The Evolution of Singapore’s Most Iconic Historical Buildings



Singapore is known to be a melting pot of cultures, with Malay, Chinese, Indian, and even British influences in its heritage. This is apparent in the country’s food, traditions, religions, as well as architecture.


Today, let’s check out some of the country’s most iconic historical buildings and discover what made Singapore a rich country full of life and culture.


These are good for a visit as a weekend family activity during the school holidays, or if you’re planning day trips for team bonding at work as well!


The Sri Veeramakaliamman Temple

If you’re an explorer who enjoys visiting heritage or cultural sites, try going to the majestic Sri Veeramakaliamman Temple in Little India.


It is Singapore’s oldest Hindu temple, and was built by Bengali immigrants in 1881 as a place of worship and refuge.


One of its first names was Soonambu Kambam Kovil, or “temple at the lime village” as most Indians at the area at that time worked at the lime kilns.


Moreover, in this very same building was where the Japanese soldiers sought physical refuge during World War II. Interestingly enough, the temple and all its statues was spared by the bombings!


Much like most of the older buildings in Singapore, the temple has gone through several rounds of reconstruction.


Today, the temple is well-known for its intriguing exterior design, with the tower entrance displaying different multi-coloured deities atop the temple.


Fullerton Hotel

Located in Singapore’s CBD, this building is hard to miss with its neoclassical design.


At the very site where the hotel now sits was the former Fort Fullerton, built in 1829 to defend the community against attacks from the sea. It was named after Robert Fullerton, the first governor of Straits Settlement.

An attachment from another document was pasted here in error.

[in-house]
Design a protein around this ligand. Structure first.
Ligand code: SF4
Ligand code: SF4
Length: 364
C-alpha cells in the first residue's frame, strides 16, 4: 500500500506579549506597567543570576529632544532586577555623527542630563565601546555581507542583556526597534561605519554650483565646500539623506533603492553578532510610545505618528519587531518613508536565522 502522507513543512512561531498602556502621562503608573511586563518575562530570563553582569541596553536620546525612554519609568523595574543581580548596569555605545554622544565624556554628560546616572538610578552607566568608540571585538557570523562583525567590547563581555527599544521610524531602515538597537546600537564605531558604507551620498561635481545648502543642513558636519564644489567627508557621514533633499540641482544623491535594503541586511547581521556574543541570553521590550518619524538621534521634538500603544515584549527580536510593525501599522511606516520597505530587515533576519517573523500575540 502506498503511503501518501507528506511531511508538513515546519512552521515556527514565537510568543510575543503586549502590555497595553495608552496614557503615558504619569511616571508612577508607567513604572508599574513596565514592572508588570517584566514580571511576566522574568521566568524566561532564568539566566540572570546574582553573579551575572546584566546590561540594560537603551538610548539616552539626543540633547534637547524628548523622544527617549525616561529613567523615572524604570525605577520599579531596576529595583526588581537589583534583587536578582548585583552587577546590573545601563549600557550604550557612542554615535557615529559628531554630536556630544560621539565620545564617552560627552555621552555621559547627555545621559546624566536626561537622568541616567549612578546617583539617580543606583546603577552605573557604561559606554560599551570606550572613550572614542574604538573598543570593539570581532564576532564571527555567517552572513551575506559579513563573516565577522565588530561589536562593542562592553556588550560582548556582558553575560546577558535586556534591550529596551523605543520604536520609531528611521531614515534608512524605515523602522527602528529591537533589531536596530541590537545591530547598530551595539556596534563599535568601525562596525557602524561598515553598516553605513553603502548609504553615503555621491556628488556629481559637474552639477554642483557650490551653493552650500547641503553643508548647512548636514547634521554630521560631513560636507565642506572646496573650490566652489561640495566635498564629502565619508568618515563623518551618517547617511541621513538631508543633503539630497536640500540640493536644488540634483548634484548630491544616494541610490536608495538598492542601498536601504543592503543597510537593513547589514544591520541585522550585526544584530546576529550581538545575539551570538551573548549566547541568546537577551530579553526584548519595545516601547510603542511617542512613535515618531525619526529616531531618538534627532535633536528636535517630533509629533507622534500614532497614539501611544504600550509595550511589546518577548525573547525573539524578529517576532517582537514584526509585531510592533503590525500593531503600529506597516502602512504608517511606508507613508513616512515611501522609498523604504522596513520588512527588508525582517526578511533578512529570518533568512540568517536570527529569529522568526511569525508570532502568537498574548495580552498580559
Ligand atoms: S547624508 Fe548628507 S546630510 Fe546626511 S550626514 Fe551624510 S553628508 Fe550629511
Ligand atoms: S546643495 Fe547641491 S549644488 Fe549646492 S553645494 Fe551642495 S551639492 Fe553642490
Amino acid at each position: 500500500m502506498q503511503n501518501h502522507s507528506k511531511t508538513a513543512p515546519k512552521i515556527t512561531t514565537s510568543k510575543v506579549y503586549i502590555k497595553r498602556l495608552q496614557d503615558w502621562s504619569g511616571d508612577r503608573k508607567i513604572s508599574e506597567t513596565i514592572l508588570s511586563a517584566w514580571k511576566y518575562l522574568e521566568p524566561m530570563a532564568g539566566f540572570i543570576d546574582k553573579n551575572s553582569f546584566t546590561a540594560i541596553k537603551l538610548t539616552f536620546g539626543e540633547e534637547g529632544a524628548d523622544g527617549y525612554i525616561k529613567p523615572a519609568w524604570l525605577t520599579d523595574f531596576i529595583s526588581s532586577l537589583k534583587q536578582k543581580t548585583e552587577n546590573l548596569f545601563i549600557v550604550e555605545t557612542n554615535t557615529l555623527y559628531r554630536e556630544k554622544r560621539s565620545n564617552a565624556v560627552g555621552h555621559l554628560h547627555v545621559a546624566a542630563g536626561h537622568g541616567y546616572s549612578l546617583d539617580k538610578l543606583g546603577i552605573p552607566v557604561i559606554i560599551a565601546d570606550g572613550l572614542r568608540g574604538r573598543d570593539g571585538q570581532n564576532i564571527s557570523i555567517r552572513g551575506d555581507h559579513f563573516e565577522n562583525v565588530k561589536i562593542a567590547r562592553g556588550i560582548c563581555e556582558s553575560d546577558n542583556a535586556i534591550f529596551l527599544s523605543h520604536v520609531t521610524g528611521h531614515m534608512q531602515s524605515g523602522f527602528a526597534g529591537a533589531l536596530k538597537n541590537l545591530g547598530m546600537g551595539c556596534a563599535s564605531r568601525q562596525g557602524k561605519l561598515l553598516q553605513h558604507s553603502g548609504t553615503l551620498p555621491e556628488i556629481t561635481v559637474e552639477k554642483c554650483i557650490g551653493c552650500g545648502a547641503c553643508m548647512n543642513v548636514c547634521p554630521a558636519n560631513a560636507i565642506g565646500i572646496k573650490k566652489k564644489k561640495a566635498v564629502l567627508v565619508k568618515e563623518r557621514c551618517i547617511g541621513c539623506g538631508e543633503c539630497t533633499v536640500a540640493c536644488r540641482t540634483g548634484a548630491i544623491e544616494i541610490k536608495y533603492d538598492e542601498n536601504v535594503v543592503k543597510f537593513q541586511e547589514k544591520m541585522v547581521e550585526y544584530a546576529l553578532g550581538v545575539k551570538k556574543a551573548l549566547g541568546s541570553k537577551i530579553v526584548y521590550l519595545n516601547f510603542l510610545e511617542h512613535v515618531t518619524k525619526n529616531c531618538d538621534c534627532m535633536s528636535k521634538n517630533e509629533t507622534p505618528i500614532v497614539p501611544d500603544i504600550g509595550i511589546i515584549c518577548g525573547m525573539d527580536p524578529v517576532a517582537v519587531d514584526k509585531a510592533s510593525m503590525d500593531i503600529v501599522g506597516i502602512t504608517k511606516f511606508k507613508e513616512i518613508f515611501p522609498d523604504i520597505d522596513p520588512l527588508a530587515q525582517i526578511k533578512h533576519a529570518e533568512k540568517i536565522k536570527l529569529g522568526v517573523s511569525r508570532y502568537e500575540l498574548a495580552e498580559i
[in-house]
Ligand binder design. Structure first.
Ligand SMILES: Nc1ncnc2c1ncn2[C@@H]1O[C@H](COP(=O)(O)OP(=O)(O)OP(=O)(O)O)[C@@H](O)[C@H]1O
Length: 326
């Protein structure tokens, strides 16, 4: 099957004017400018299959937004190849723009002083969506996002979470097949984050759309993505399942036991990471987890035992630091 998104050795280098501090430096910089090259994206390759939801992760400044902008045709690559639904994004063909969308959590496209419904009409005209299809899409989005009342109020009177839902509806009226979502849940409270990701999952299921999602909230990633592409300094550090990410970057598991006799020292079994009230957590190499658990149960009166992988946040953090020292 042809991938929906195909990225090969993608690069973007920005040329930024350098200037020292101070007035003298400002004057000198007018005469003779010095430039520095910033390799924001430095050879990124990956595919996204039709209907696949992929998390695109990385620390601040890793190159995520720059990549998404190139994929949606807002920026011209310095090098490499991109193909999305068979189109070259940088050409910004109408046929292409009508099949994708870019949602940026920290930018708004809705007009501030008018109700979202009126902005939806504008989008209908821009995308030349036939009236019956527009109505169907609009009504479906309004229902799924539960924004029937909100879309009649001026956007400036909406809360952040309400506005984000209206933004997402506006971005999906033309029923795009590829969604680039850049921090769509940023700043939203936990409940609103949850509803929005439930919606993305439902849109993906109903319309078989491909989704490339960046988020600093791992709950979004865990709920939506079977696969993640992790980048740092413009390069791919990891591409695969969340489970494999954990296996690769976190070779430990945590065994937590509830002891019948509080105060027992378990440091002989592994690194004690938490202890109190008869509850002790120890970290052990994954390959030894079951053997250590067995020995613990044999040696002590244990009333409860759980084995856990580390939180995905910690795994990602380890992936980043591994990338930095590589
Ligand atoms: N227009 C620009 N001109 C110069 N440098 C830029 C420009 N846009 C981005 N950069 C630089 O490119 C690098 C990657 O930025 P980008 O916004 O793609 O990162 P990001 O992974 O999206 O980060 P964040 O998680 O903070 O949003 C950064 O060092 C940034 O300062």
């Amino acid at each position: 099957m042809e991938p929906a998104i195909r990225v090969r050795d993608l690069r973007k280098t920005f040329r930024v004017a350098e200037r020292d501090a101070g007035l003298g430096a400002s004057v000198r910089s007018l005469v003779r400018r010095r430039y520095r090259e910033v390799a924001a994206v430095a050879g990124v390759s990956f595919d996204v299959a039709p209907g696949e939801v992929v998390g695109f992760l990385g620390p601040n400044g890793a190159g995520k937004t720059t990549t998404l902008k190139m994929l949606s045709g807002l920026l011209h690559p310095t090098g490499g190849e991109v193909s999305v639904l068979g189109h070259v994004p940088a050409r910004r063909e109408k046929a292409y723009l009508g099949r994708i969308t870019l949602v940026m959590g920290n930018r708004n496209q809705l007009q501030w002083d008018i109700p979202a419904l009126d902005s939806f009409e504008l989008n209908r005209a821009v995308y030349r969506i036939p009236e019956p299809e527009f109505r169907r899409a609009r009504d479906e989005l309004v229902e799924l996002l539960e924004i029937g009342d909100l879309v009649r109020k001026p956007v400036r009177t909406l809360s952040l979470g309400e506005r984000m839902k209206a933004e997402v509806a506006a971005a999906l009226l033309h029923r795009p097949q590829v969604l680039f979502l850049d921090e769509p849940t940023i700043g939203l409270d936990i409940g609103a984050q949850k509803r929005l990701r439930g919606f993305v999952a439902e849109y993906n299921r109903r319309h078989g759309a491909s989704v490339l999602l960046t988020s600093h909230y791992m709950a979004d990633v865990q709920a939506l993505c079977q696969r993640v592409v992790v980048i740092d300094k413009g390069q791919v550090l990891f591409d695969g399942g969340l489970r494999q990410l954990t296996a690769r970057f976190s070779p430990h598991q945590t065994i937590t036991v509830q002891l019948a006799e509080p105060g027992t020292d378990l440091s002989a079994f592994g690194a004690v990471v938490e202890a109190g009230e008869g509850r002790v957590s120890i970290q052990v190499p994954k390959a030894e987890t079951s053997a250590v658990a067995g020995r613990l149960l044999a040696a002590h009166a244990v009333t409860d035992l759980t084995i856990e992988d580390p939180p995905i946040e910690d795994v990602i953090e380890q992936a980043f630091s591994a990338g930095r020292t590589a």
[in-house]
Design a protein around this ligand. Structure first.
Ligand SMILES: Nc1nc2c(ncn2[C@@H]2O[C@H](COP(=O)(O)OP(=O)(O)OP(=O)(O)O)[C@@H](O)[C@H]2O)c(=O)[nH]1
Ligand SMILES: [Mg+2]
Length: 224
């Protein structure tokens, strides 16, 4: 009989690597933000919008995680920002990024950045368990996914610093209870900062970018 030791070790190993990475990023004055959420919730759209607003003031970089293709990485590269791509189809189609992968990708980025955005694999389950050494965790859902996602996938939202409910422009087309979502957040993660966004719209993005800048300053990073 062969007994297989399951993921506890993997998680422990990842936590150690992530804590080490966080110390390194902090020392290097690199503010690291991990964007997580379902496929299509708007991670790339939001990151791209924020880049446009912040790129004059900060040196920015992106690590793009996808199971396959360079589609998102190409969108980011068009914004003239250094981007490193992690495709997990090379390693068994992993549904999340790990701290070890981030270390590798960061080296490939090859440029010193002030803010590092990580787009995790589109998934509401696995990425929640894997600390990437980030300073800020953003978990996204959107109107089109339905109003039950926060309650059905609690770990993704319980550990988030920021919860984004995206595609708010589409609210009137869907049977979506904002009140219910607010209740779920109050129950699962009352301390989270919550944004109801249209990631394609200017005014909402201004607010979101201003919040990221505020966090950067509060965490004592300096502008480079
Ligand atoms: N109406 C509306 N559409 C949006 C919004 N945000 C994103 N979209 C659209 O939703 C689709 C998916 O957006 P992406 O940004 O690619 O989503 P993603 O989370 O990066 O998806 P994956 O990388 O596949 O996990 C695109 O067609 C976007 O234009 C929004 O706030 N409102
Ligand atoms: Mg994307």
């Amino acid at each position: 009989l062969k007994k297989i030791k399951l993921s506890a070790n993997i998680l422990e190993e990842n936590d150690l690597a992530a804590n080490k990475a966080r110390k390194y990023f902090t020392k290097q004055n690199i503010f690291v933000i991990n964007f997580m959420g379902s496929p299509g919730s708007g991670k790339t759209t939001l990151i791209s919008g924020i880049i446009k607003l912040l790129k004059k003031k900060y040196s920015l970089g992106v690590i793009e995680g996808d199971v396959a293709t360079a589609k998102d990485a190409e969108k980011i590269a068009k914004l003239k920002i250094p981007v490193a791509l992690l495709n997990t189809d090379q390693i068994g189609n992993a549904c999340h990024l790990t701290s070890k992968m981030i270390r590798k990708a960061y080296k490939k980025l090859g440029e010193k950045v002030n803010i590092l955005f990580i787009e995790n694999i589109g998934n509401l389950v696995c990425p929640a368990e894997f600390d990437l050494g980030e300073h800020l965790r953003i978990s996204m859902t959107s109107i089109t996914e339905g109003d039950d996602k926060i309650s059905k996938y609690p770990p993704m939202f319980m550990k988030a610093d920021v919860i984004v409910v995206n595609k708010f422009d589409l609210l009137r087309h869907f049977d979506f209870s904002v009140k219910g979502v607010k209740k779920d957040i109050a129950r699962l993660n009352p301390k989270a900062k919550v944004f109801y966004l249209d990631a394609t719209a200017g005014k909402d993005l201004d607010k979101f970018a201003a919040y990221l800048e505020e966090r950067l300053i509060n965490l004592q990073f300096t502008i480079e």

The fort was demolished in 1873, and the Exchange Building was built in its place.


It was only in 1924 that the construction of the Fullerton building began. At the time, the building served as a General Post Office of Singapore.


The Fullerton Building also formerly served as the Singapore Club, where high ranking officials used to gather. Then in 1942, during World War II, it became a hospital with makeshift operation rooms for wounded British soldiers.


The Fullerton Hotel officially opened on 1 January 2001, and is now an iconic 5-star hotel that stands along Singapore river with visitors from all over the world.


Old Hill Street Police Station

Did you know that there are 927 rainbow-coloured windows in the Old Hill Street Police Station? But behind the building’s vibrant facade is a relatively dark past.


Built in 1934, the Hill Street Police Station and Barracks was the largest government building at the time of its opening. It used to be one of the finest police barracks in the world, too.


However, during the Japanese Occupation from 1942 to 1945, the Japanese Military Police used the building to hold and interrogate suspects. There, they tortured and painfully extracted confessions from prisoners. They painted it with a rather dull colour, too, with a white-grey and brown camouflage pattern, opposite to its bright finish today.